A major improvement in the 1940 Plymouth was the new All Weather Air Control System. As an option it was offered on both the Roadking and Deluxe models. The combined heating and ventilation system provided fresh air, circulated to all parts of the car in summer and winter even with the windows tightly closed. In cold weather the air was heated and maintained at a selected temperature. The heated air could be circulated to the rear seat passengers as well as the front. By flipping a lever on the heater itself air could either be circulated from the bottom of the heater to the front seat alone, or the heated air was forced thru heater conducts built into the kick panels and the air flowed along the front seat into the rear compartment. The system, which employed two heaters mounted on either side of the firewall, was a dealer-installed option. Air was brought into the system through the cowl-mounted ventilator and a defroster system was incorporated as well.
On the interior the motif set in 39 was again refined. All the instruments were placed in front of the driver. The oil, amp, fuel and temperature gauges all had tell tale red danger signals to indicate trouble somewhere in the car, as well as the "Safety Signal" speedometer which indicated by a colored band under the speedometer needle eye the speed of the car. From 0 to 30 miles per hour the eye showed green, from 30 to 50 mph it showed amber and when speeds exceeded 50 the eye glowed red. The radio was moved farther left towards the driver and an electric clock mounted in the glove compartment door was optional. A disappearing panel in the center of the dash provided the ash receiver and a cigar lighter at home. Interior sun visors also offered an additional 2" endwise adjustment allowing the passengers a greater range of shade. Plymouth was awarded, for the second year in a row, the Eastern Safety Conference Award.
The new transmission introduced for 1940 also allowed the engineers to lower the front floor hump and all models were treated to the column shift lever. With the emergency brake lever located on the left side under dash by the steering column the front seat was obstruction free and could carry three passengers in fair comfort.
The new body, being wider than the previous models, gave rear seat passengers an additional 3" hip room. The relocated differential meant the rear doors could now be full width, rather than curving in to match the fender line. In addition, rear door windows now lowered completely into the door. Rear seat passengers also benefited in that the area under the drivers seat was undercut to allow more room for the passenger’s feet. The increased trunk had the spare tire mounted vertically along the right side to provide more luggage space and also to balance the weight when only the driver was in the vehicle. (This on sedan models only).
The mechanical end of the new Plymouth, tagged the "Low Price Beauty With the Luxury Ride" remained pretty much the same as years previous. The engine was the familiar "L" head 6 cylinder, displacing 201.3 cubic inches. Horsepower was upped to 84 for the 1940 models (up two from '39), this figure reached at a speed of 3,600 rpm. Compression ratio remained at 6.7 to 1, the highest figure in the low priced field. Bore and stroke were 3"x4". Again 4 piston rings were utilized and the engine had full pressure 011 lubrication. The crankshaft used 4 main bearings. Cooling system capacity was 3.5 gallons while a 17-gallon fuel tank was fitted. Access to the tank-sending unit was through a cover plate in the floor of the trunk. To aid in valve regrinding the inner fender panel was easily removable. With the right front wheel removed it was possible for the mechanic to easily slip into the engine compartment to perform this task. An oil filter was standard equipment.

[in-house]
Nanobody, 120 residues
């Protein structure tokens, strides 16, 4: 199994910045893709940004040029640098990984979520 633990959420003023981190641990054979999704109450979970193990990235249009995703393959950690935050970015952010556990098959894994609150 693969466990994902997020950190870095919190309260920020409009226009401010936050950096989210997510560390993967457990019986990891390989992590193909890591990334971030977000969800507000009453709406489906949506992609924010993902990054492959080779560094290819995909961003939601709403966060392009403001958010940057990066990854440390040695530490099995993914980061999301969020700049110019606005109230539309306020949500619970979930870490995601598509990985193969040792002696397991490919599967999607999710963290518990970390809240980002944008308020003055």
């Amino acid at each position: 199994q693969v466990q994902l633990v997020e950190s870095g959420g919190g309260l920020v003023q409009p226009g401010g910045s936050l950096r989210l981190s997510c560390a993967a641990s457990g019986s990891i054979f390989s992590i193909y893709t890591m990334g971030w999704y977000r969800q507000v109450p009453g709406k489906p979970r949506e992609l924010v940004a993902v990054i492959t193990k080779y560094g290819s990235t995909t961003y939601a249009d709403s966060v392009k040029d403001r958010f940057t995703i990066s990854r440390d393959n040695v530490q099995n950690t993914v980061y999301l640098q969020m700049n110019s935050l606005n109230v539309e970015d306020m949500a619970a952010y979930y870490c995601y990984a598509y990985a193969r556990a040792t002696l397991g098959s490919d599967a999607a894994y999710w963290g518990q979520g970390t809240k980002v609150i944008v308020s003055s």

A new shunt-type generator, with full voltage and current regulation, was used on the 1940 models. Generator output was increased from 28 to 35 amperes. A 90-amp 6-volt battery was standard. An entirely new transmission incorporating a blocker type of synchronizer to prevent gear clashing was used in both models. The transmission cover was moved to the side of the case and an extent ion at the rear of the transmission provided the use of the '39's short drive shaft despite the increased wheelbase of the '40 models. The transmission gears were helical cut for quieter operation. The ventilated clutch used a 9 1/2" dry plate.
Standard tire size was 6.00x16" although 20" wheels were optional for rural mail carriers and others that required extra clearance. When so equipped they provided 9 1/2" of ground clearance. An engineering change that has probably been more cussed at than appreciated was the change to left hand thread on the wheel studs on the left hand side of the car. Depending on which side of the car the motorist was changing a flat tire on he (or she) had to remember the wheel studs turned opposite from normal if on the drivers side of the vehicle.
Two "Commercial" bodies were building on the Roadking P9 chassis. The first, called the Utility Sedan was a two-door sedan with the rear seat removed and a screen partition separating the driver from the load compartment. Full access to the back of the vehicle was provided thru the trunk opening. The trunk was not partitioned off from the rest of the interior. A panel (sedan) delivery was built as well, this being a full sized vehicle with twin opening rear doors. The spare tire, carried in previous years in the front fender, was now relocated to a point rearward of the passengers door on the outside of the body. The entire interior of the panel delivery was lined and one leather-covered bucket seat was standard. A spare seat for a passenger was optional.